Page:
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Sleep as a vital sign: why medical practitioners need to routinely ask their patients about sleep

Published:January 16, 2015DOI:https://doi.org/10.1016/j.sleh.2014.12.011
      Should sleep be assessed as part of routine medical evaluation? The Institute of Medicine estimates that between 50 and 70 million US adults have a sleep disorder,
      • Colten H.R.
      • Altevogt B.M.
      • Institute of Medicine Committee on Sleep Medicine and Research
      Sleep disorders and sleep deprivation: an unmet public health problem.
      although most of these remain undiagnosed.
      • Baran A.S.
      • Chervin R.D.
      Approach to the patient with sleep complaints.
      In addition, Americans report, on average, 2 nights/week of insufficient sleep,
      • Altman N.G.
      • Izci-Balserak B.
      • Schopfer E.
      • Jackson N.
      • Rattanaumpawan P.
      • Gehrman P.R.
      • et al.
      Sleep duration versus sleep insufficiency as predictors of cardiometabolic health outcomes.
      and 39.5% of Americans get 6 hours of sleep or less per day.
      • Centers for Disease Control and Prevention
      National Health and Nutrition Examination Survey Data.
      Studies report that sleep symptoms are exceedingly common among patients presenting for medical visits.
      • Mold J.W.
      • Quattlebaum C.
      • Schinnerer E.
      • Boeckman L.
      • Orr W.
      • Hollabaugh K.
      Identification by primary care clinicians of patients with obstructive sleep apnea: a practice-based research network (PBRN) study.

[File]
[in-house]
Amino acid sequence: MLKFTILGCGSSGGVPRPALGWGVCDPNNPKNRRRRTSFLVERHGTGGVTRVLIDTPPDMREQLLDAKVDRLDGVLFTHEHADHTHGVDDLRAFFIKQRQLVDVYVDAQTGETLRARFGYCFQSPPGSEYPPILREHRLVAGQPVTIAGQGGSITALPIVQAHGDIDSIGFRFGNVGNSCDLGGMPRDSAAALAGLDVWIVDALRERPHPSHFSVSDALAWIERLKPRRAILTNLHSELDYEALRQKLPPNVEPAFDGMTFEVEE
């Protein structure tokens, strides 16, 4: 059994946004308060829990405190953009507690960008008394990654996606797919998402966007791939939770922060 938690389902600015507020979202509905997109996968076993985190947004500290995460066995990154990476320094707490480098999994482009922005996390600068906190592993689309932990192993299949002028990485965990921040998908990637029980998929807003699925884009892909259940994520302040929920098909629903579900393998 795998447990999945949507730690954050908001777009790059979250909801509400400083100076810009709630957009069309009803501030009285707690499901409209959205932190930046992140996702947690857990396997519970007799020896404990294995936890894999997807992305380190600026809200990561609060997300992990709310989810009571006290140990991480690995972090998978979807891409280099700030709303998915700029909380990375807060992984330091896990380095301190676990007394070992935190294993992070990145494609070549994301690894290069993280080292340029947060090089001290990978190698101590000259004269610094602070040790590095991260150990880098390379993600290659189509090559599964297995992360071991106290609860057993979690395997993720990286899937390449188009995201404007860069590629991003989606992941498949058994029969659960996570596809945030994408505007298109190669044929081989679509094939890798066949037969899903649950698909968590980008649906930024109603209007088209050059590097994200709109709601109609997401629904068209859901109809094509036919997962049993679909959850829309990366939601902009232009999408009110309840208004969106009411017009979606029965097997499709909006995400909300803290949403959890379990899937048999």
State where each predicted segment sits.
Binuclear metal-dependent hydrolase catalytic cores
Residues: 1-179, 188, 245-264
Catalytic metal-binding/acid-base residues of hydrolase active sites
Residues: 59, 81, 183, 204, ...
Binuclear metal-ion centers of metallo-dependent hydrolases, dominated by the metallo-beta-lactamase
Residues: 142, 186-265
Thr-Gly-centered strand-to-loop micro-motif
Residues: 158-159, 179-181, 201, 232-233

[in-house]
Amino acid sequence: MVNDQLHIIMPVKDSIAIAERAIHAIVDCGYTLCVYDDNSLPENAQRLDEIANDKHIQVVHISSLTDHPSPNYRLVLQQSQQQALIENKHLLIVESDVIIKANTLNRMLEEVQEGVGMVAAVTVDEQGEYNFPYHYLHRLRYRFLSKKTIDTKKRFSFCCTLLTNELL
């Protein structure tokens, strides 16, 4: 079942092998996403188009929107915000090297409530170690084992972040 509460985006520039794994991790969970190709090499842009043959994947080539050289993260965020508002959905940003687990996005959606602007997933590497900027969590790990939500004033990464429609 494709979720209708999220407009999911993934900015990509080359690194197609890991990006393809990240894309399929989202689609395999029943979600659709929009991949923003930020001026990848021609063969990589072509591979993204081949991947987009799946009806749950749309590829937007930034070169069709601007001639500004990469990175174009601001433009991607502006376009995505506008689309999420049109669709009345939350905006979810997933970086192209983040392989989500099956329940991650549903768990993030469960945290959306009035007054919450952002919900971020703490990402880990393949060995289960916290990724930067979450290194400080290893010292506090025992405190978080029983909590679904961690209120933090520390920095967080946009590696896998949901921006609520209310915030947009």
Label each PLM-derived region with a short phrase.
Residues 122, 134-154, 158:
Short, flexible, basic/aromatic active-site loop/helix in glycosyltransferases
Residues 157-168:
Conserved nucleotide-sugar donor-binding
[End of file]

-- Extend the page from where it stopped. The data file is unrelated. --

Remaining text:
• Pigeon W.R.
      • Heffner K.
      • Duberstein P.
      • Fiscella K.
      • Moynihan J.
      • Chapman B.P.
      Elevated sleep disturbance among blacks in an urban family medicine practice.
      • Senthilvel E.
      • Auckley D.
      • Dasarathy J.
      Evaluation of sleep disorders in the primary care setting: history taking compared to questionnaires.
      This finding is troubling because many physicians do not ask their patients about sleep. Papp et al
      • Papp K.K.
      • Penrod C.E.
      • Strohl K.P.
      Knowledge and attitudes of primary care physicians toward sleep and sleep disorders.
      found that only 43% of primary care physicians routinely inquire about sleep vs the 80% who discuss exercise and 79% who address healthy diet. Despite this discrepancy, only 16% believed that counseling patients on sleep is not as important as counseling on diet and exercise. Thus, asking about sleep problems would address a common concern that is underappreciated. However, the question remains whether asking about sleep should be part of the routine medical examination.